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Monday, June 10 2013

Luke 7:11-17; 1 Kings 17:17–24; Galatians 1:11–24

 

          Have you ever noticed how crowds gather whenever a famous person comes to town?  Ever noticed that?  Crowds gather not only for famous people        , but for big events as well. 

 

          It’s hard to believe, but football season is less than three months away – two months if you count the preseason – and crowds once again are going to fill the seats at the Ralph to cheer on – once again – our beloved Bills.  Oh yes, we do indeed live in hope, don’t we?

 

          Anyway, you know that wherever you find a crowd, you know that someone – or something – important is going on.

 

          That’s what’s happening in our Gospel reading today.  It seems that wherever Jesus goes, he draws a crowd.  Pay attention to that when you read any of the four Gospels.  It seems that almost always, wherever Jesus goes, he draws a crowd. 

 

          In fact, if you take a look at today’s Gospel lesson, you’ll notice that there is not one, but two crowds. 

  • One crowd is going into the town of Nain.  The other one is coming out.
  • One crowd is drawn to Jesus.  The other one is drawn to a widow as she leads a funeral procession for her son.  Her only son.
  • One crowd is festive!  Jesus, the great teacher and miracle worker is coming to town.  The other crowd is filled with grief.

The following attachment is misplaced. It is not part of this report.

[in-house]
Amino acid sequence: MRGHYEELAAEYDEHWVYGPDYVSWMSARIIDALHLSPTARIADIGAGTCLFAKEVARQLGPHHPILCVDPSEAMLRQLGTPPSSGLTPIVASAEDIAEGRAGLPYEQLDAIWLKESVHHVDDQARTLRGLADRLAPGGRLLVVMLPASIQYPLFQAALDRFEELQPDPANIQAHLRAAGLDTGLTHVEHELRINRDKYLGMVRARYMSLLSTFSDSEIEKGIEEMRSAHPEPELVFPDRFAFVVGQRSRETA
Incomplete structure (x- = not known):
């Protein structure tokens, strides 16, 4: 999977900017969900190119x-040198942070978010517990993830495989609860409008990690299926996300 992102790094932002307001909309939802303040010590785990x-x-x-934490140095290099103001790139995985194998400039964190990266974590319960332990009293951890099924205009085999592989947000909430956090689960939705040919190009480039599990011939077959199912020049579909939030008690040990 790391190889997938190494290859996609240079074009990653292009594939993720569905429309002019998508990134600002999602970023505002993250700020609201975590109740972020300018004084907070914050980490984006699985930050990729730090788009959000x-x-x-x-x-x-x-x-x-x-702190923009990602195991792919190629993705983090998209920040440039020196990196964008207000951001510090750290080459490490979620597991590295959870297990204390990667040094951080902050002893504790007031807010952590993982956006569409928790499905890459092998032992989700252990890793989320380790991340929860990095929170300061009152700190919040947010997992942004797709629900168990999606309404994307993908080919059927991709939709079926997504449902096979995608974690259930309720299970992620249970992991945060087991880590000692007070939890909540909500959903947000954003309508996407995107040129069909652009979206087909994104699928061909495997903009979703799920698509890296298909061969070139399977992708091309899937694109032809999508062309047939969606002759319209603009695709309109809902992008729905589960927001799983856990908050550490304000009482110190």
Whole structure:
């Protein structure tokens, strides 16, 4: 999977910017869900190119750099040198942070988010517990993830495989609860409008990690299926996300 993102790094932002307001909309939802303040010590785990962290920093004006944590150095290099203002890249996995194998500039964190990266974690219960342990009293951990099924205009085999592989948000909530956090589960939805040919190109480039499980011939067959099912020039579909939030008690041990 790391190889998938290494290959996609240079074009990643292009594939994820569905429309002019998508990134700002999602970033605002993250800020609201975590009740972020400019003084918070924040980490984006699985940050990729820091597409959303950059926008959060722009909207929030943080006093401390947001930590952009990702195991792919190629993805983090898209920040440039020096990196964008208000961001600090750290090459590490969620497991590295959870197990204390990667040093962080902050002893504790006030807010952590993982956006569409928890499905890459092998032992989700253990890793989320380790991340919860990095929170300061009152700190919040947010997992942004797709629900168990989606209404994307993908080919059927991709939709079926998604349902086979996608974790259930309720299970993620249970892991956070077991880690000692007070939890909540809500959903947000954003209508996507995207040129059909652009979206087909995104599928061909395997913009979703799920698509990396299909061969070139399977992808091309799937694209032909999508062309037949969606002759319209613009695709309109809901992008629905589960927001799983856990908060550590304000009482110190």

Inevitably, the two crowds come together.

 

          And Jesus – moved with compassion – tells the woman not to weep.  And he reaches out – and touches the casket – and says, “Young man, I say to you, rise!” And immediately, the young man comes back to life.  And Jesus gives him to his mother. 

 

          This is just one of three stories that we have where Jesus brought people back to life.  Of course, the most famous resurrection story of all is the resurrection of Jesus from the dead.  And by the way – if the resurrection of Jesus had never happened, we wouldn’t be here today.  The resurrection of Jesus from the dead is the very foundation upon which our faith is built.  Take away the resurrection, and Christianity falls flat on its face.

 

          So besides the resurrection of Jesus, we have this story of the son of the widow of Nain.  There is the raising of Jairus’ daughter.  And perhaps the most famous one is the raising of Lazarus in John 11.  Remember that one?  Jesus commands, “Lazarus, come out!”, and Lazarus – being dead for four days – comes back to life.

 

          And then there is this other story – which is the first reading we had today from the book of I Kings – where the prophet Elijah offers a prayer to God, and God raises a widow’s son back to life – and gives the boy back to his mother.

 

          Now, unlike the resurrection of Jesus – who rose from the dead never to die again – what we have here in these other stories is what we call resuscitation.  Lazarus, and the son of the widow of Nain, would eventually die again. 

 

          But what I want you to see is that no matter where Jesus goes – he makes a difference in peoples’ lives.  And he is moved by compassion on their behalf.

 

          Remember what I told you last week?  Being with Jesus is an adventure!  We are invited to come along with Jesus to be with him on this adventure.  To be a part of the crowd.